- $760 Million Settlement Reached in NFL Players Repetitive Head Trauma Class Action
- September 3, 2013
- Law Firm: Lieff Cabraser Heimann Bernstein LLP - San Francisco Office
The Class Action settlement announced today is the culmination of months of negotiations. It provides substantial compensation for seriously impaired retired players; medical evaluation for all players; and the right to file claims for 65 years in the event a player develops serious neurological injuries even 30 years or more from now. In other words, it provides real security and peace of mind for retired players and their families.
The NFL has agreed to establish a settlement fund of $760 million, with individual player payouts as high as $5 million for the most seriously injured players. All retired players, even those without any symptoms today, will have an opportunity to undergo a Baseline Neurological Evaluation and continued monitoring and treatment if needed.
The settlement will avoid the uncertainty of prolonged litigation and/or the risk of arbitration. We have been successful in achieving meaningful healthcare for all retired players regardless of their vested status under the CBA, while maintaining all other NFL benefits currently in place and enhancing one of those benefits in a very significant way.
One very important aspect of the settlement is that no proof of causation will be required. Compensation and health benefits will be easy and streamlined for those who qualify. The settlement includes a program to reduce any existing liens; it establishes a research fund to study the effects of repetitive head trauma; and it provides an educational program aimed at reducing the risks to younger players.
The general terms of the proposed settlement are as follows:
Baseline Assessment Program (BAP) - provides an opportunity for all presently retired players to visit an approved physician and facility for neuro-cognitive baseline testing and diagnoses. Retired players who are diagnosed with a certain level of cognitive impairment will receive a medical benefit card that can be applied toward further testing and medical care for that condition. Any player diagnosed with an injury listed on the compensation grid will be able to apply for and receive compensation.
Compensation Grid - provides substantial compensation for neurological conditions such as ALS, Parkinson's, Alzheimer's, and severe cognitive disorders like dementia, with payments up to $5 million. It will also provide compensation to family members of those who commit suicide if CTE is diagnosed posthumously. The amount of compensation will be adjusted based on the number of years of service and the age when the player was first diagnosed. It will also be adjusted based on whether the player suffered any non-football related head trauma or stroke (except for players diagnosed with ALS). Proof of causation is not required.
Players who are now healthy or with minor symptoms will be protected for decades to come, and remain eligible for compensation under the grid if they develop a severe neuro-cognitive disorder. Likewise, players now eligible for compensation who progress to a higher level of impairment will receive the increased benefit. The compensation program will exist until the last retired player turns 80-years-old.
Research and Education Fund - will be established to support research into cognitive impairment, safety and injury prevention in football players, and the education of retired NFL players regarding the NFL's medical and disability benefits programs and other programs and initiatives. A portion of the Research Fund will be used to fund joint projects undertaken by the NFL Parties and Retired NFL Players concerning education and safety-related initiatives in youth football.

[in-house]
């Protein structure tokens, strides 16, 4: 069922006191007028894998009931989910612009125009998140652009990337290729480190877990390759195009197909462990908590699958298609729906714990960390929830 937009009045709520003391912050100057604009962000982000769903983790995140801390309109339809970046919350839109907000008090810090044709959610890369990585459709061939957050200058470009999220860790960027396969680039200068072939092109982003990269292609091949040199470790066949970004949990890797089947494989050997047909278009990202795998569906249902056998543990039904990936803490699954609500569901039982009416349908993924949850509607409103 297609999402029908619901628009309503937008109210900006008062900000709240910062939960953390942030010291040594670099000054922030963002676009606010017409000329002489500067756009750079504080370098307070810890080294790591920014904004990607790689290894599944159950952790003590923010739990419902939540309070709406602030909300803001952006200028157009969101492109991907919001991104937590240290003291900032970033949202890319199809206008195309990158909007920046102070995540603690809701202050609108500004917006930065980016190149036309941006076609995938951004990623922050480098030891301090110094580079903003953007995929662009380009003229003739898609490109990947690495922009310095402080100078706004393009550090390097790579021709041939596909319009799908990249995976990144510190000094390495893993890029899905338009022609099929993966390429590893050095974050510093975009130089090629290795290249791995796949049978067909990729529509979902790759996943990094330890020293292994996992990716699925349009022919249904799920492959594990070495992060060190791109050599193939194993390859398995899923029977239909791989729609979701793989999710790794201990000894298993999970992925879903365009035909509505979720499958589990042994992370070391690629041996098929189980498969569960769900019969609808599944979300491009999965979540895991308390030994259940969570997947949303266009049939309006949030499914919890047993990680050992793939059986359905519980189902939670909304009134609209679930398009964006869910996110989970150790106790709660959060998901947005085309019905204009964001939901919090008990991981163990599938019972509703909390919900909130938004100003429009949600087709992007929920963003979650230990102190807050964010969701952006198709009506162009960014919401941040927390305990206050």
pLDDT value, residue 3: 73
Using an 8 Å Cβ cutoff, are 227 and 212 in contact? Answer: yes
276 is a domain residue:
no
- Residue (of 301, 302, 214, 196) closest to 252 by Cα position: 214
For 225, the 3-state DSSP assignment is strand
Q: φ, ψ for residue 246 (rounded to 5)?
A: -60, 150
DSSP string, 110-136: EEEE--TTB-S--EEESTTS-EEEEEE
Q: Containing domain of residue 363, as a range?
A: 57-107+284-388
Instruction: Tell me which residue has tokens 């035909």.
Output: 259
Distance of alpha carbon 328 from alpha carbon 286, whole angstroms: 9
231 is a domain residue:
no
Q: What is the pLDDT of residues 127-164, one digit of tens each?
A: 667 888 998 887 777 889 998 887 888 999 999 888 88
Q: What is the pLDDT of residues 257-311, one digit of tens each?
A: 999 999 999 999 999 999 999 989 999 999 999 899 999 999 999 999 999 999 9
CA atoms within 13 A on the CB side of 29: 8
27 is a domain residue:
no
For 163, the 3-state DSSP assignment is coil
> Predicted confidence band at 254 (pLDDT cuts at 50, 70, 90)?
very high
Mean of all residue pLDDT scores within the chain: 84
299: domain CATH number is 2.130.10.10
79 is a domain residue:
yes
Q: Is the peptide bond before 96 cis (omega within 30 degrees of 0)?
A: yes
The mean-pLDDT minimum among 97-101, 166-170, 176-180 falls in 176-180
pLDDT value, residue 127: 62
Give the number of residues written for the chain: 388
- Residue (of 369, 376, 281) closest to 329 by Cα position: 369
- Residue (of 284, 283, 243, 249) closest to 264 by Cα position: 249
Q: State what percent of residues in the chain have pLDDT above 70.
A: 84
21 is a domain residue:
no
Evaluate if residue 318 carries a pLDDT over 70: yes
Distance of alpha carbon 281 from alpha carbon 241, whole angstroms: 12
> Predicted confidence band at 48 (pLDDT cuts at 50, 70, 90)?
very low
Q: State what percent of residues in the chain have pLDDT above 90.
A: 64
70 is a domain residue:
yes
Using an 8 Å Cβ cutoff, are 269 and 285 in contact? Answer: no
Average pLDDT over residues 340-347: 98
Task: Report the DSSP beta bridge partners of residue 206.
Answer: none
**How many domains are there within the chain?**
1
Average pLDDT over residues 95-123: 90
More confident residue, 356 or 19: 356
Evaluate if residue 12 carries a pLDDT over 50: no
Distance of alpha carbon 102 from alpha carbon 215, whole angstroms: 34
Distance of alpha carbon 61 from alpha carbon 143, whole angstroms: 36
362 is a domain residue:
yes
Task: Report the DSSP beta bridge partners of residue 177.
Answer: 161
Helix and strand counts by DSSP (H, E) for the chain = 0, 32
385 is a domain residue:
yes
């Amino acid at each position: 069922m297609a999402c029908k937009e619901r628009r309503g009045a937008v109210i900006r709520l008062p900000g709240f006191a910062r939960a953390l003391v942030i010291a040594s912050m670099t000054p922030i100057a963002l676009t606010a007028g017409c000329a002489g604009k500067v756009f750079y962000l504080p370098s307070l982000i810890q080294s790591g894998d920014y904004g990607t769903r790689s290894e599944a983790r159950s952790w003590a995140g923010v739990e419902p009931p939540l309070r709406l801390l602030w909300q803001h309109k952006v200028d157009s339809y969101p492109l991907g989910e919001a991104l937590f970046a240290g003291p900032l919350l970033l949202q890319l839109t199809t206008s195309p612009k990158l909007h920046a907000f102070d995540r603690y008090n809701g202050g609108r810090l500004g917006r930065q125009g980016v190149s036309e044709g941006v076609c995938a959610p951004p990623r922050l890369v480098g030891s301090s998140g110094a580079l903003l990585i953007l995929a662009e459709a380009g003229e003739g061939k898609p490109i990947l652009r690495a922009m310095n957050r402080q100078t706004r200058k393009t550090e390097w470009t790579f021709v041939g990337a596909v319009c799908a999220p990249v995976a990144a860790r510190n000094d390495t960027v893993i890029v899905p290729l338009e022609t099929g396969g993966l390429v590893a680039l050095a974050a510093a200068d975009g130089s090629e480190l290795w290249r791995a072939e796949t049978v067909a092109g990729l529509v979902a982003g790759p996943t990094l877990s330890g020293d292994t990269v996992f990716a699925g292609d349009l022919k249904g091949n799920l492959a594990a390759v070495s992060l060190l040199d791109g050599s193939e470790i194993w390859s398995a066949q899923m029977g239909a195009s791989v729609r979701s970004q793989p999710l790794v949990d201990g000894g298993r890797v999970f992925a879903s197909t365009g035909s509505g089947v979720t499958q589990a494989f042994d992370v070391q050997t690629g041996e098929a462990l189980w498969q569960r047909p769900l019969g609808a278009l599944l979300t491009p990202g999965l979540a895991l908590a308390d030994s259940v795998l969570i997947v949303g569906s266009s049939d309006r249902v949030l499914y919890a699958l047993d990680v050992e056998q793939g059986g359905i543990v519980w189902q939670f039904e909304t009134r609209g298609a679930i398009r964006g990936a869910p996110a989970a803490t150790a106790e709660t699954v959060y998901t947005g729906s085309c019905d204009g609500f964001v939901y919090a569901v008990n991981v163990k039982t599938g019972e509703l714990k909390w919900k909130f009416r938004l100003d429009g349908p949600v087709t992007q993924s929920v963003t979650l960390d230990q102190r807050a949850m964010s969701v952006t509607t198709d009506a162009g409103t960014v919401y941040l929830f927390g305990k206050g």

Preservation of CBA Benefits - The settlement also preserves all collectively-bargained benefits currently provided to retired players. No former player will be forced to choose between collecting his benefits from programs such as the 88 Plan and receiving compensation under this settlement.
An independent firm not affiliated with the NFL will administer the settlement fund, with independent audits and reviews to ensure the fund is operating as intended. There will be an appeals process in place for players whose claims are initially denied.
Once the final documentation is completed, the settlement will be filed with Judge Anita Brody, who will schedule a hearing to consider whether to grant preliminary approval to the agreement. If the settlement receives preliminary approval, Judge Brody will direct the parties to distribute notice to the retired players. After giving retired players an opportunity to file objections to the settlement, Judge Brody will hold a hearing to consider whether to grant final approval. Judge Brody is expected to issue the precise schedule within a few weeks. The mediator, Retired Judge Layne Phillips, stated "there is no question that this settlement will provide benefits much sooner, and at much less cost, for many more retirees, than would have been achieved through extended litigation. For these and other reasons, I will strongly endorse this settlement in my report to Judge Brody."
We are sure you will have many questions and we will keep you updated as to the approval process, registration and implementation of this program. This is a result that provides not only meaningful benefits now and in the future, but also one where the NFL has moved from denial to acknowledgement. In the end, this is something we should all be very proud of.